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Sunday, July 10, 2011

296. Holy Rollers

    It's seldom that I go to the flicks and reality comes well short of expectation
    I hadn't read any reviews of Holy Rollers but the true story of how a ring of drug dealers came out of a tight knit Orthodox Jewish community in New York intrigued me.
    The names of Jesse Eisenberg and Justin Bartha hadded weight to my hopes as did the poster which I have reproduced above.
    "Potent, gritty and thoroughly absorbing,'' states one testimonial.
    The truth is that Kevin Asch's movie is none of those things.
    Dismally dull would have been a more accurate summary.
    This is a true story which centres in on the world of Sam Gold, whose Brooklyn family were so religious that they were pushing him to train to be a rabbi.
    Gold (Eisenberg) is wrapped up in a traditional world where a bride is being selected for him and he zealously goes to instruction with his father and best friend.
    He is, however, persuaded by his best friend's brother (Bartha) to join him in importing some 'medicines' from  abroad.
    Only the most naive or foolish would have not at least thought that the medicines might be a bit dodgy but because of Gold's purity I'll let that pass.
    What neither Mrs W nor I could really fathom was how someone who was, on the face of it, so wrapped in one particular lifestyle, could dramatically switch to another.
    There was no doubt, you see, that by the second trip Gold knew exactly what he was doing.
    Holy Rollers story doesn't really go much further than that.
    Ok, it visits the suspicions of Gold's family and the negative reactions of the community but the seismic changes to Gold's life are treated too circumspectly.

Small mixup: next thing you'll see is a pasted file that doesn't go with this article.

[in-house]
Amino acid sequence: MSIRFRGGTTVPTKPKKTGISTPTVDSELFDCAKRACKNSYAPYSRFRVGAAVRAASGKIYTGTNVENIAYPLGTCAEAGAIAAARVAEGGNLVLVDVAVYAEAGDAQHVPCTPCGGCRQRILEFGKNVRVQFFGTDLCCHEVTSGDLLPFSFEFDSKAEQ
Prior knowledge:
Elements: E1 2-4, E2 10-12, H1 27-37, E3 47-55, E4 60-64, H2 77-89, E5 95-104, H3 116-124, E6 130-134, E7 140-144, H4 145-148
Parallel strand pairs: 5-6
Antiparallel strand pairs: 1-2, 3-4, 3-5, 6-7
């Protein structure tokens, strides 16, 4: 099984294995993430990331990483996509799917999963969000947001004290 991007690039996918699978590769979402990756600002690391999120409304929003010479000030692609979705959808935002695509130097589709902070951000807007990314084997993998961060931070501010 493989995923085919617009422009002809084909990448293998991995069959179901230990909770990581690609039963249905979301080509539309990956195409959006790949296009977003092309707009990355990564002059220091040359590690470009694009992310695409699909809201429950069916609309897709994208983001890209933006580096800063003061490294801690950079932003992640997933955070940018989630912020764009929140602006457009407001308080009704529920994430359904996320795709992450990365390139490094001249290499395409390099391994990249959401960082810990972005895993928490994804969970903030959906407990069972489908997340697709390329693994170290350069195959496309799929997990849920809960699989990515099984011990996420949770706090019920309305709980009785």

I don't know whether this is because Eisenberg's performance is so flat or whether the script is so punchless.
    I guess it could be the combination of the two.
    Eisenberg worries me a bit. I fear that he bagged a role of a lifetime in A Social Network and may never be able to repeat that glory.
    He was born to play Mark Zuckerberg and did it with aplomb.
    But his quickfire speech didn't really work for Gold in the way that it didn't work for a cartoon bird in Rio.
    Anyway, neither of us could believe that a religious zealot could become a drug dealer quite so easily and give up everything dear to him without very deep soul-searching.
    Gold's character was the only one with any depth and because he was so pale the whole movie floundered.
    It wasn't terrible but it just didn't have any zip.
    Thus, it gets an everyfilmin2011 rating of 4.5/10

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296. Holy Rollers

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